Why did you choose to do a Phata Poster when comedies kind of triggered you on the wrong side of things previously in your career?
I haven’t actually done a comedy in that sense. Chup Chup Ke was a different kind of a genre, it had me in a different character and I was still learning how to make better choices. You will be surprised knowing how many people told me that they liked me in the film. I don’t like myself in the film. I don’t think I was good in that film. (Smiles) But I am fortunate to have worked with Raj ji and I love comedies. A lot of people asked me to do something like a Phata Poster post the hosting stint I had in most of the award functions. And there were so many people telling me that what you are doing on the stage is what we want to see you doing in a movie. So I got a lot of people telling me that ki tu jaisa karta hai stage pe, real life mein itna masti karta hai, toh filmon mein kyun nahi karta. In fact it’s because people wanted to see me in a genre like this that I said yes to Phata Poster.
Comedy is considered the most difficult genre today because of the natural spontaneity that it demands from any artist. Do you feel the same as well?
I had the most funny, as in the funniest guy around to help me with it, Mr Raj Santoshi! He has the funniest expressions and you would not believe how he will explain each and every scene to you with so much of expressions. I am just so lucky to have him guide me in this film and I have pretty much followed what he asked me to do and I had a gala time. I gave out expressions which I don’t think I have ever given in the past. All thanks to him! Comedy is difficult when you try and get too serious about it. I feel if you are there enjoying yourselves, the audience will automatically enjoy and laugh!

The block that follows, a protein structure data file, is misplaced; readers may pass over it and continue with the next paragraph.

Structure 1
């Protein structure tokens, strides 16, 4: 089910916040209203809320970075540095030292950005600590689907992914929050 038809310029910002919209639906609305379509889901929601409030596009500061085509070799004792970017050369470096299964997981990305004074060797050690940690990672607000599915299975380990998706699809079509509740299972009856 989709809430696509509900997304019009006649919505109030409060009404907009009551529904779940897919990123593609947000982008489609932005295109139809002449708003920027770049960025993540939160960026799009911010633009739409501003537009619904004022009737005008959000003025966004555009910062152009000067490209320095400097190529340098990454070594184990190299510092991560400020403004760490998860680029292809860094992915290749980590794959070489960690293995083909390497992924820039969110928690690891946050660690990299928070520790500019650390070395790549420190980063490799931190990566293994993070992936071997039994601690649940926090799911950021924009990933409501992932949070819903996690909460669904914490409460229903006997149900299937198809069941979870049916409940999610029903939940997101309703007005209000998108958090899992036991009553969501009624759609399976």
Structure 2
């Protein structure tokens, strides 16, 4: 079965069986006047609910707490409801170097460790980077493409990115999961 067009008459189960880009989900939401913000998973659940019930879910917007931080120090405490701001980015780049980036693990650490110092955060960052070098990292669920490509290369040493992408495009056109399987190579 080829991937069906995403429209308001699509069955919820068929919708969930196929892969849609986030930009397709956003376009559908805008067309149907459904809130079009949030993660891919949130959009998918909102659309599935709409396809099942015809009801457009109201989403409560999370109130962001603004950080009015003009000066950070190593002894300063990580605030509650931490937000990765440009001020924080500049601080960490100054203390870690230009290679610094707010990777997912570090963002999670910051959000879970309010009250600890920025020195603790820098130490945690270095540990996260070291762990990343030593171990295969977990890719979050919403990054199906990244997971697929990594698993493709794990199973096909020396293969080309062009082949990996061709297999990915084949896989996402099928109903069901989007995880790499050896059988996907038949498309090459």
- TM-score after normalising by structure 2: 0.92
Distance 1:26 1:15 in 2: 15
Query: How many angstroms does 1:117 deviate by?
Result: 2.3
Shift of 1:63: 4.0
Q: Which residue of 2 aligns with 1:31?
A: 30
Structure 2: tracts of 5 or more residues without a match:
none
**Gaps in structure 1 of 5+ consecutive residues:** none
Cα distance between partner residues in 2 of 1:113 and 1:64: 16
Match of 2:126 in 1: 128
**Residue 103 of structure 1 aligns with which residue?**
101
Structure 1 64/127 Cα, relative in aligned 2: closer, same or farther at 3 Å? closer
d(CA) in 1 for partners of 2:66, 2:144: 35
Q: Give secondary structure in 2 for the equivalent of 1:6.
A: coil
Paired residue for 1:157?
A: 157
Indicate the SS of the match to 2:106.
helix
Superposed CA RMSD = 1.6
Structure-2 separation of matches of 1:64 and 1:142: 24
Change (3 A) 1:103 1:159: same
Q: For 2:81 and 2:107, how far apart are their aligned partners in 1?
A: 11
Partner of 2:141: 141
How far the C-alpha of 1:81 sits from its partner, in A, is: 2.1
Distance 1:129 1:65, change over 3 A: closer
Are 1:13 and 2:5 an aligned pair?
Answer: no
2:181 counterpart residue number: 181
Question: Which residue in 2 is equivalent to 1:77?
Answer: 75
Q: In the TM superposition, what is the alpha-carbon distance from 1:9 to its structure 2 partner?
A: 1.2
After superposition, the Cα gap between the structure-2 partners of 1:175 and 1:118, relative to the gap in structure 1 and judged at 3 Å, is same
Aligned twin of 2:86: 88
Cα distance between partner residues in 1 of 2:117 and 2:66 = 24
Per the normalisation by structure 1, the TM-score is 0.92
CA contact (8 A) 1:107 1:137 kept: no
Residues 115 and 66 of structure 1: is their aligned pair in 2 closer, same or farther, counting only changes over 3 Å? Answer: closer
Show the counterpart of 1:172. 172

What is more important for you as an actor: Doing a good film or doing a 100 crore film today?
In today’s generation, all of us are trying to break it free. I feel audiences are ready for all kinds of films today. That is a major plus. There is an audience for a Kahaani, an audience for a Singham, for Chennai Express, for a Barfi!. So yes, today all films are accepted equally well. And as an actor, it is very important to recognize that. You cannot be running after anything blindly. I think you should not run after box office so blindly and at the same time, you cannot disrespect the fact that a film that makes this much amount of money is not relevant. You cannot write off films saying, ‘arre yaar yeh toh aisi picture hai’. If the audience loves something, then we have to accept that it is something that people want to see. It is important to draw the right balance. I will always try to do films that will turn out as big box office churners and do films that will help me evolve as an actor. I feel an importance in both.
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